The only sane way to deal with reviews is to ignore them.
Sadly, that’s not always possible. I, for example, was checking mine out in the hopes of being able to boast about my scores to a prospective agent. That’s when I came across my first one-star review.
Hurts? Well, I skimmed it pretty quickly; I don’t see much point in analysing it blow-by-blow. (Except I really want to. I came across this a few weeks ago and I’m not forgotten it and moved on, which must tell you something.) I’m actually more hurt because the reviewer, I realised, is someone I follow on Twitter.
Someone I respect hates my work. This is pretty tough.
But it is absolutely their right. Books are subjective things; some things I love will be detested by others. It’s just the nature of words. They can hate something I’m intensely proud of – and it will hurt, that’s for sure, but what can you do about it?
It helps that I’m fairly secure about Night Shift. I wrote it long enough ago, and I know I can write better now; I don’t have all my ego in one basket. Praise surprises me a lot more than criticism, and I’m constantly trying to remind myself that there is actually some damn good writing in it. And there is. I believe that.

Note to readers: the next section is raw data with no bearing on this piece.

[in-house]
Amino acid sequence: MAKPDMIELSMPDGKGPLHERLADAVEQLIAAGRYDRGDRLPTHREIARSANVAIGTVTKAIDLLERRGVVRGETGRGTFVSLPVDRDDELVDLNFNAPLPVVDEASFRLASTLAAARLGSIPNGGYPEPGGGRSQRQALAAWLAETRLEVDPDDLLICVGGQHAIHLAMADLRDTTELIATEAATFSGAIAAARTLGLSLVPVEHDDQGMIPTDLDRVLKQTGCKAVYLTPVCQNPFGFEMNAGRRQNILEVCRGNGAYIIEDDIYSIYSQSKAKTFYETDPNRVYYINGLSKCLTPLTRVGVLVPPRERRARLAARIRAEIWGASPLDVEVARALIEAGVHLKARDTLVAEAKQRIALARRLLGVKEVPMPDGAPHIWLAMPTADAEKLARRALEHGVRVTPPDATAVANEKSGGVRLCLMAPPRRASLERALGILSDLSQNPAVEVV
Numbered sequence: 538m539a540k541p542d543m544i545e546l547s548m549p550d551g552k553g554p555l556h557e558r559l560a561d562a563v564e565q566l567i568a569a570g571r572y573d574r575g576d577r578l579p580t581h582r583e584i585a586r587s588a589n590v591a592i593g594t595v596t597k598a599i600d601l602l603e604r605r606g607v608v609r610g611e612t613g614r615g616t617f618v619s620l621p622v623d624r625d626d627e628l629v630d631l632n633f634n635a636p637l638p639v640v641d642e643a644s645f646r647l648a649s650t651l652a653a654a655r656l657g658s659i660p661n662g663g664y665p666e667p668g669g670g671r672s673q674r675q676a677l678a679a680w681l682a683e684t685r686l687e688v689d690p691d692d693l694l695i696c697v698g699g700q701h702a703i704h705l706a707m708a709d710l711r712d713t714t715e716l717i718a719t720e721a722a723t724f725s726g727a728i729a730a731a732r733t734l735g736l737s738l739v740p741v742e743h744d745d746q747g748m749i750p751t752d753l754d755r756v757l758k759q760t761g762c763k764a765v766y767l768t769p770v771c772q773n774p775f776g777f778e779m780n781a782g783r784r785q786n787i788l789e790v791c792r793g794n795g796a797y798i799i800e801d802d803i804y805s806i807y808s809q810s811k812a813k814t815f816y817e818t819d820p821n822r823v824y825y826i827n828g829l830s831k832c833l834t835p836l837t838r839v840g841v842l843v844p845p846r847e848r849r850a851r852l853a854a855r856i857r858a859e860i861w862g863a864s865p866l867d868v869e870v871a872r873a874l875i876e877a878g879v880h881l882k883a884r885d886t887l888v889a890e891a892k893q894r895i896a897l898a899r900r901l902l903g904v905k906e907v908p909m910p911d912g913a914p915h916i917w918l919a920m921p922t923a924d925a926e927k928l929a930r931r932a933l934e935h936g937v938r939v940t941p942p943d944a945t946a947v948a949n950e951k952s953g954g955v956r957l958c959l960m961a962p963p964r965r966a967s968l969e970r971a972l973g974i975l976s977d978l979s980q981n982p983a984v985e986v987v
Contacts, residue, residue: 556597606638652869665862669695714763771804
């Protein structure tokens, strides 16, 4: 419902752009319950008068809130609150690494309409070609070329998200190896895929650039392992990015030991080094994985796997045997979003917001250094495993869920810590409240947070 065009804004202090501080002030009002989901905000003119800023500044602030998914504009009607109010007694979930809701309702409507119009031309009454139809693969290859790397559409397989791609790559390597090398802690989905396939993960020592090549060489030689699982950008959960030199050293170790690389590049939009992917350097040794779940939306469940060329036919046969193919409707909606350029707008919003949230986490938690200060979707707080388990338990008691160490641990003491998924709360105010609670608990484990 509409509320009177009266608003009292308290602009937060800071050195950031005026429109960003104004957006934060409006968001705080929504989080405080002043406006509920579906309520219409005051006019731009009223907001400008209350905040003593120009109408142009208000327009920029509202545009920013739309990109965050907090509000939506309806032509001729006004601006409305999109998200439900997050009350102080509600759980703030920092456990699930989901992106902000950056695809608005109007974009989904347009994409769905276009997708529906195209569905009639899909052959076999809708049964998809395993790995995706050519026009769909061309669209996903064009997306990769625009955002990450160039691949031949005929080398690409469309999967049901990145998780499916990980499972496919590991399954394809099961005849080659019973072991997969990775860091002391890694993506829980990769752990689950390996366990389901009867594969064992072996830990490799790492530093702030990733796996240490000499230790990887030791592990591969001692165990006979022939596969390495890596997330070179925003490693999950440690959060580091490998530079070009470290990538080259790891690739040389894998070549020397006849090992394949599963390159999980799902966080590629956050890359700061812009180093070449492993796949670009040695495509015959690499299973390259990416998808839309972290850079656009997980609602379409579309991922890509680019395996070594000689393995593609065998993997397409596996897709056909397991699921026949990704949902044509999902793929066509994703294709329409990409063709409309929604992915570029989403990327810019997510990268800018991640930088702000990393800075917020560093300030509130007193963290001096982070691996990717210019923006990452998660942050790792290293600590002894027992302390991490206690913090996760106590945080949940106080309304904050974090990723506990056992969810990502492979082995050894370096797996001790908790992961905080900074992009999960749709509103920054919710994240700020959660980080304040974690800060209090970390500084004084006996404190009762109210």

I’m much more nervous about the response to book two, when it finally comes out. I worked so hard on that and my ego is much more exposed. Hopefully it’ll have had time to crust over before it’s finally released in 2020.
And, if the worst comes to the worst, I must try and remember my own advice.
Never try and argue with the reviewer. It doesn’t end well.